PPS’ legislative priorities call for us to address and mitigate the negative effects associated with physician self-referral. In August, PPS filed formal comments in response to CMS’ RFI on physician self-referral. On October 26th, PPS filed formal comments with the Department of Health and Human Services’ Office of Inspector General urging both limits to the use of beneficiary incentives as well as transparency if providers are offering incentives to retain or induce patients to choose a particular provider. In both comments, PSS urged the prompt removal of PT from the IOASE and requesting increased accountability and transparency for referrals made utilizing the IOASE.
Three years after being elected President of the American Physical Therapy Association, Sharon L. Dunn, PT, PhD, stood before the House of Delegates and delivered an invigorating address to the body of electorates who first voted her into leadership back in 2015. At the heart of her message was a repeated and compelling charge to act as she emphasized that it is not enough to call out inadequacies in the system, or to idly tweet about embracing change or promoting inclusion. No, she reiterated that as a profession we must band together and work collaboratively to secure the future of our profession.
“The members of the American Physical Therapy Association were bold enough to dream of transforming society,” she reminded, “Now we must deliver on that promise by following the most universal piece of advice we provide to our patients and clients: we must move!”
Memorable Quotes from President Dunn’s speech are highlighted below:
SETTING A NEW TONE FOR THE FUTURE
“Most of us in this room wear those battle scars—and quite proudly. But where our past was shaped with sharp elbows, our future must be shaped with open arms. Where our origins situated our profession in recovery and the treatment of disorder, our future will be characterized by an increased role in sustaining health and proactively preventing disability and disease. And where previously we have demanded respect in part by staking out turf and occasionally pointing to the shortcomings of others, in our future we will demonstrate our value based on the irrefutable data of our own outcomes and in partnership with our colleagues across disciplines. The health care system and our patients will demand nothing less."
QUESTING OVER RESTING
“We should approach our future with enthusiasm, not dread, because our profession has never been satisfied with our position within the status quo. Our existence has been one of almost constant self-challenging evolution. Our progress has never been inevitable; it has always been hard-earned. So if we truly desire to not only see society transformed but to shape that transformation, we must not only weather the storm of health care disruption. Instead, as Dr Alan Jette urged in his 2012 Mary McMillan Lecture, we must face into the storm and choose questing over resting.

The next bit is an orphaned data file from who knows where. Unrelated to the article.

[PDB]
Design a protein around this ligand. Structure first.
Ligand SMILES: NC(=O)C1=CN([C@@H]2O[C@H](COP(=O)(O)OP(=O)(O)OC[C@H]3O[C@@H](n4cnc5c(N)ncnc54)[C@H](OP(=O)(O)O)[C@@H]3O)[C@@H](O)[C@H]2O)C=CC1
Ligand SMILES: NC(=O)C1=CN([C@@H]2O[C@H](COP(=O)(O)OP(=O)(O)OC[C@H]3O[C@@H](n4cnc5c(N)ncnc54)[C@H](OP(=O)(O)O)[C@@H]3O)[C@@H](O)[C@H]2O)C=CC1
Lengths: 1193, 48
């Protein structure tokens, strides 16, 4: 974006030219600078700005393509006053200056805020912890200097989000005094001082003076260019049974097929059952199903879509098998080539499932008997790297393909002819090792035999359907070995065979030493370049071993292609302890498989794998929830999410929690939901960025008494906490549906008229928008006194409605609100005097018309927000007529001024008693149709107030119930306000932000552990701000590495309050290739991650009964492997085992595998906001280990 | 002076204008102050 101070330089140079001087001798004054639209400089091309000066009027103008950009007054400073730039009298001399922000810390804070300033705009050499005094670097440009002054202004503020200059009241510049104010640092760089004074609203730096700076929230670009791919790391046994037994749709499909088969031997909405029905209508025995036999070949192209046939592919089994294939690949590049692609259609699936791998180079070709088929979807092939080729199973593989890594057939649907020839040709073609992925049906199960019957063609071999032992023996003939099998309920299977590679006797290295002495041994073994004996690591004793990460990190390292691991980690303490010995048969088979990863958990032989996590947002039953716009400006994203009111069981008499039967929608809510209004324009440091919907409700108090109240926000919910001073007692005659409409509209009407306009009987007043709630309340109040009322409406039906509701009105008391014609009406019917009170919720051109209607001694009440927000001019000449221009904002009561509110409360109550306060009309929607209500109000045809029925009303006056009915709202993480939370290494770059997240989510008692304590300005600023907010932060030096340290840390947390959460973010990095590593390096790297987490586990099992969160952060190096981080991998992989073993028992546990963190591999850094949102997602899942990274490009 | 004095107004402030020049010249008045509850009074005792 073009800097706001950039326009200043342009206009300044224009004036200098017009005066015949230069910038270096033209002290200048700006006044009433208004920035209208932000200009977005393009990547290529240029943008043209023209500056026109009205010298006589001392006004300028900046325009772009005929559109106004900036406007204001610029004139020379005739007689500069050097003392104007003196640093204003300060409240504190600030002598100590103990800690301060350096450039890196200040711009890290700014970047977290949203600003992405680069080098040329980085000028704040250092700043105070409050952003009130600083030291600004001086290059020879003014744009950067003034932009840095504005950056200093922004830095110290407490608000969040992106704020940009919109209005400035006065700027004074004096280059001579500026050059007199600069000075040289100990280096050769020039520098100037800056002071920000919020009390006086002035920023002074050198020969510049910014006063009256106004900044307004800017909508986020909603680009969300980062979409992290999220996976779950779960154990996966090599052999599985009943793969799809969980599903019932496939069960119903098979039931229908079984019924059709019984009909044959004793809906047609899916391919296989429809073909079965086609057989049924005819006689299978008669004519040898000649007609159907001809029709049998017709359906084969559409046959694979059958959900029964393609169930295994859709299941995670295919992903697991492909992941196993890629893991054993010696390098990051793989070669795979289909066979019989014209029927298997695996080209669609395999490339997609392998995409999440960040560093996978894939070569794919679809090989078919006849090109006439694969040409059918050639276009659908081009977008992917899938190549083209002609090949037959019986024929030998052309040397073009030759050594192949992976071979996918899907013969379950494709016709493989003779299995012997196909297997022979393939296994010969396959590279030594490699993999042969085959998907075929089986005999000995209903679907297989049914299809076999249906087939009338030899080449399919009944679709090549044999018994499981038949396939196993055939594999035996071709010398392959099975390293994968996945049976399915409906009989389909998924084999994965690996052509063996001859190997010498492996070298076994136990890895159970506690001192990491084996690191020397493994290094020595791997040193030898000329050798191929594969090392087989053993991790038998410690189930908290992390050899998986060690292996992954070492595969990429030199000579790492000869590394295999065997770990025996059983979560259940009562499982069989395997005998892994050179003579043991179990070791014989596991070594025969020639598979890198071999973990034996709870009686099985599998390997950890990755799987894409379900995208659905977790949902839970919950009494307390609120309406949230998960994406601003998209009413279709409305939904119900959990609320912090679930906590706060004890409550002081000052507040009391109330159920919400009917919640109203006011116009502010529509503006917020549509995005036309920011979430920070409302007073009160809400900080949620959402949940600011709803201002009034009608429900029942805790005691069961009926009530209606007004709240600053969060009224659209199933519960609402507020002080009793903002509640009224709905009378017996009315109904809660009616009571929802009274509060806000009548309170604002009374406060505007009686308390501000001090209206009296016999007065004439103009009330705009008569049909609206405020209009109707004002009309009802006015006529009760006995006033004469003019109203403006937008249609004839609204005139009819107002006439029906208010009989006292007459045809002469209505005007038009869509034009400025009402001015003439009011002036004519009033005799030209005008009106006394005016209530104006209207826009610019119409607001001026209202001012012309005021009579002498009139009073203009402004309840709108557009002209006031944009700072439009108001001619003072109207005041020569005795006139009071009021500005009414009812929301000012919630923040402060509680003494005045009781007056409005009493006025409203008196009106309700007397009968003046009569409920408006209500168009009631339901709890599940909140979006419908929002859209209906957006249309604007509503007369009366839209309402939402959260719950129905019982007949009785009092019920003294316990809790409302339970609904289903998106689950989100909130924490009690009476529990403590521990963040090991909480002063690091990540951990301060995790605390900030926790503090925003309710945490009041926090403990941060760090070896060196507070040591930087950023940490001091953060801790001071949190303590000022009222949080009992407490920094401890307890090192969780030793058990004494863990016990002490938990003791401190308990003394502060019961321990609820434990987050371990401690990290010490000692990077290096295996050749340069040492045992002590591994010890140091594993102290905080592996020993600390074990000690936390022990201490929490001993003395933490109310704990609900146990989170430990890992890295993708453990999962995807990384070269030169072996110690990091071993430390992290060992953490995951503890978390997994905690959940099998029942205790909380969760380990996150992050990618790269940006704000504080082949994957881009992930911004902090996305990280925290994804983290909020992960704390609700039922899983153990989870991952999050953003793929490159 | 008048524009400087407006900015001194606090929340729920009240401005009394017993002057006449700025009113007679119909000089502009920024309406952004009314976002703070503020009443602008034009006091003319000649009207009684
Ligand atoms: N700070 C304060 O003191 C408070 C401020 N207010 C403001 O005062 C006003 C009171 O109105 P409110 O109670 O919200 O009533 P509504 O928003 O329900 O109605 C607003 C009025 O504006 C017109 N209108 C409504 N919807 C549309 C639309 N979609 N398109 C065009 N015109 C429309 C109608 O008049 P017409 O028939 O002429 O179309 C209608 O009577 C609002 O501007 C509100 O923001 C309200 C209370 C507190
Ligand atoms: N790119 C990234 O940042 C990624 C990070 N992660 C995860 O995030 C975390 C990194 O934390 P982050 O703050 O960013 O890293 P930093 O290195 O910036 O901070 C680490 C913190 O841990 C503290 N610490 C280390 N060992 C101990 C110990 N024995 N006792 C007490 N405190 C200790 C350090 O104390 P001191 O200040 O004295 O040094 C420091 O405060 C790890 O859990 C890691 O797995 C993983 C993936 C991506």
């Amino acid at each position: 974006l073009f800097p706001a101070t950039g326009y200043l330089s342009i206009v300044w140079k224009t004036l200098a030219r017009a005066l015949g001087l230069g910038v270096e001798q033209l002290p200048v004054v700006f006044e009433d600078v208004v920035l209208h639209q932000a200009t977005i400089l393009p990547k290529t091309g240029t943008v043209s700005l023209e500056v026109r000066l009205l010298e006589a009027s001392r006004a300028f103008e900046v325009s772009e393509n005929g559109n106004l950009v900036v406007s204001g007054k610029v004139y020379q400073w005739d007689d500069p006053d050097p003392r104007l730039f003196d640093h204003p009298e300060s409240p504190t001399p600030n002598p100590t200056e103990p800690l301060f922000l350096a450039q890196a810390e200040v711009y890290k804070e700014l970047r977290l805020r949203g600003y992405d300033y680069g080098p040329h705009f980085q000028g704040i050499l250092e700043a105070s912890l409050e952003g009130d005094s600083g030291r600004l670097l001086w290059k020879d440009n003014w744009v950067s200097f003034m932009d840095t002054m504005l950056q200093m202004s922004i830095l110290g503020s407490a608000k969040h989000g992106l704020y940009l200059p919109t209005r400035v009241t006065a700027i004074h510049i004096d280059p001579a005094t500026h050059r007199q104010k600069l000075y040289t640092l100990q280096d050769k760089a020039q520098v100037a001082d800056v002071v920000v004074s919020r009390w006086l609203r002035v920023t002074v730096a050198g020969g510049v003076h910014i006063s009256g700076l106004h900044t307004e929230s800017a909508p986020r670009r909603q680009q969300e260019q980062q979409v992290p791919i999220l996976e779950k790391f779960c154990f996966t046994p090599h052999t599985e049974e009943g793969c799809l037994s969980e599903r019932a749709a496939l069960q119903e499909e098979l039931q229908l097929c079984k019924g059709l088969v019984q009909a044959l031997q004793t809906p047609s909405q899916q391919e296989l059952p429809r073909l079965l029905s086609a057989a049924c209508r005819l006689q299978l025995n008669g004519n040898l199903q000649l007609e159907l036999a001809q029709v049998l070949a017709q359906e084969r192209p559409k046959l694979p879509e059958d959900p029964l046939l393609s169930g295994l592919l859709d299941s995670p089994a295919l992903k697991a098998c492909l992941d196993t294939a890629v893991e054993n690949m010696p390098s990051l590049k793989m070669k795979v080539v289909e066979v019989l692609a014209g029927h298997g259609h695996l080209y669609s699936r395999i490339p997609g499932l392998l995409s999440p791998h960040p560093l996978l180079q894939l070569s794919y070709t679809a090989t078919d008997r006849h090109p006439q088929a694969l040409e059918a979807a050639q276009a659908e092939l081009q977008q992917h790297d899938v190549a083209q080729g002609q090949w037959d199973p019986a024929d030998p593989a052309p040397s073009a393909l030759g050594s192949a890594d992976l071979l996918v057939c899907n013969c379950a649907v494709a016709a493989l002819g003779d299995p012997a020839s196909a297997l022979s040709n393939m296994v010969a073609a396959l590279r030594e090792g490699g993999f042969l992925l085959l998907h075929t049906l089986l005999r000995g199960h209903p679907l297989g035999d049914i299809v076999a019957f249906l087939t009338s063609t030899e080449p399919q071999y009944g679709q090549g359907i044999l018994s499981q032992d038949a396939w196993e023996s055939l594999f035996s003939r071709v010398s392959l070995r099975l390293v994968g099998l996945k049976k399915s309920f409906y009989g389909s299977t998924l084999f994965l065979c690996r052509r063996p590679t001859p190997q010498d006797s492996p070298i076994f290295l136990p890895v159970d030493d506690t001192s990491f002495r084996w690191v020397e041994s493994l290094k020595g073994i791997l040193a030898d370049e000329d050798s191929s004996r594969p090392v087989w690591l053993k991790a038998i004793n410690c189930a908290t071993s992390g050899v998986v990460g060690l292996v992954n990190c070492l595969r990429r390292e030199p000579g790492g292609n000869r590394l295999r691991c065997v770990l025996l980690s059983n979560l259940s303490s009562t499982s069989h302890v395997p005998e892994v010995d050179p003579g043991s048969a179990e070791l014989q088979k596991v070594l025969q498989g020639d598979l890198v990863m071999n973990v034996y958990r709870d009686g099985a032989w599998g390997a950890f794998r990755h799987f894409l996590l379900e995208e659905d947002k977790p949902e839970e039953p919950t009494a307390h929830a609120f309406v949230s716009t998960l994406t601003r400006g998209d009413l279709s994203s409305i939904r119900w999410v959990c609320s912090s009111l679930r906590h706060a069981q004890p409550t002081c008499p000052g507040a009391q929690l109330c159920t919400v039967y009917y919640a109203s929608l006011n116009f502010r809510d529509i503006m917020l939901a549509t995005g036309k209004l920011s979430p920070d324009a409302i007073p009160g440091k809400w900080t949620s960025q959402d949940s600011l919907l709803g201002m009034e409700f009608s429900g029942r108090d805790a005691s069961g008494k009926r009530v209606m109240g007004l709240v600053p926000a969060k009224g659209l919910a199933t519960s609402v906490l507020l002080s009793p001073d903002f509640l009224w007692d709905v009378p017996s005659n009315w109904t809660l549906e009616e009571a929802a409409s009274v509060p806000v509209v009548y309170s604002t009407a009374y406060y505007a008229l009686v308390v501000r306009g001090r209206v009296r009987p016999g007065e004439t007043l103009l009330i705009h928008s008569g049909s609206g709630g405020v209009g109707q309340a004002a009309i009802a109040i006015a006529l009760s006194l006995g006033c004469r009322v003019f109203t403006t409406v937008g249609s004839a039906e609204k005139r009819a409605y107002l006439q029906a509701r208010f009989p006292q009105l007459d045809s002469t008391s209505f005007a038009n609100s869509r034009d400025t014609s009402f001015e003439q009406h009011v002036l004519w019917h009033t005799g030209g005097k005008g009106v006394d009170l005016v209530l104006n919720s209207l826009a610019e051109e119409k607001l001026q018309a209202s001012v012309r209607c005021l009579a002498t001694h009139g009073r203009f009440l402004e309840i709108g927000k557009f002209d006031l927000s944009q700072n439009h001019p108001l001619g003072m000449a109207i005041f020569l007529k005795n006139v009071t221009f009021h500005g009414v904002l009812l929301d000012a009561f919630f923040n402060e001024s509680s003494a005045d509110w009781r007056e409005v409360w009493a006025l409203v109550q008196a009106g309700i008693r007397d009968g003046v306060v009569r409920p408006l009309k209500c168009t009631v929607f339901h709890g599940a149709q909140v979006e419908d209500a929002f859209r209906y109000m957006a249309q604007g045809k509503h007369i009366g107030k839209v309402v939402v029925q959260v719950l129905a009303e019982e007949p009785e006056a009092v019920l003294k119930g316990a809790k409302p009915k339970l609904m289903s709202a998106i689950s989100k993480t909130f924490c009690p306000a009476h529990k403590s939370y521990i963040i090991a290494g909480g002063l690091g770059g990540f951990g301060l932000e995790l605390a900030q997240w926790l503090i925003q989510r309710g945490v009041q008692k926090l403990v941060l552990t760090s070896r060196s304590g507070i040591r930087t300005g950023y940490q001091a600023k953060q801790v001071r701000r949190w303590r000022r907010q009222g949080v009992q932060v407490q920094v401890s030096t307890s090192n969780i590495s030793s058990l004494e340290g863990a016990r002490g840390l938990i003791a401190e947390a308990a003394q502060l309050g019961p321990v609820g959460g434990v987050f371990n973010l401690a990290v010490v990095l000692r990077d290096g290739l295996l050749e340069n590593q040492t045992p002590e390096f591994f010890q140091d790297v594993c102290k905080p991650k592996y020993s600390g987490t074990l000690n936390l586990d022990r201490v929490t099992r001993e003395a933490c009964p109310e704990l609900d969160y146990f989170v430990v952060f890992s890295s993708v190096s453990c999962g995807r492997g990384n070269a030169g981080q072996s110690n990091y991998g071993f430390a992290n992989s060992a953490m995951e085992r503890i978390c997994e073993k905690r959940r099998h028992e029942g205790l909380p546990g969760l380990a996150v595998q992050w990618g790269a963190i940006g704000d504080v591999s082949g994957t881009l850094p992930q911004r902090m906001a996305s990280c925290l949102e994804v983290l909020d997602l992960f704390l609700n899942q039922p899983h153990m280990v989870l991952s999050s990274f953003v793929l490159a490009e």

WE MUST BE AGENTS, NOT CRITICS
"We cannot transform society through judgment. Our vision charges us not to stand at a distance and point our fingers at our nation's ills but instead to accept a personal responsibility to try to make a difference.
"At our core, we are healers, and as much as ever our country and our society need healing. It is not enough that we tweet about it in judgment. It is not enough that we adopt policies that articulate our principles. It is not enough that we sit idly by, in the comforts that were afforded by those who forged the path before us.
LET NO ONE FEEL LIKE AN OUTSIDER
"To fulfill our mission, our community must vastly improve our diversity by being intentional about inclusion. We must prioritize listening and learning. We must enable the next generation of physical therapists and physical therapist assistants to transform our association, just as our association must transform society. Most of all we must get involved—with open arms and open minds—not only as a community, but as individuals."
OUR MOST VALUABLE ASSET: AN ENGAGED MEMBER
"When we formally charge APTA to act, or simply daydream about "what APTA should do...," we sometimes behave as if we're writing a check for someone else to cash. But as an individual membership association, we are charging ourselves-we are writing our own to-do list. APTA is not a distant factory that churns out ready-to-order physical therapy progress on a conveyor belt. It's a community of physical therapists, physical therapist assistants, and students. It's our community. We are APTA, and APTA is us. Our association's growth, commitment, and determination cannot outpace our own personal development."
FOLLOW OUR DREAMS WITH OUR OWN FOOTSTEPS
"If, like I do, you anticipate a day when physical therapists, like dentists, are part of our society's regular health routines, don't just point the way—raise a hand and accept a portion of responsibility to take us there.
APTA President Sharon L. Dunn, PT, PhD, Board-Certified Orthopaedic Clinical Specialist, was reelected to a second 3-year term, June 25, 2018. To read the full transcript of her 2018 address, or to watch the video, visit the APTA website.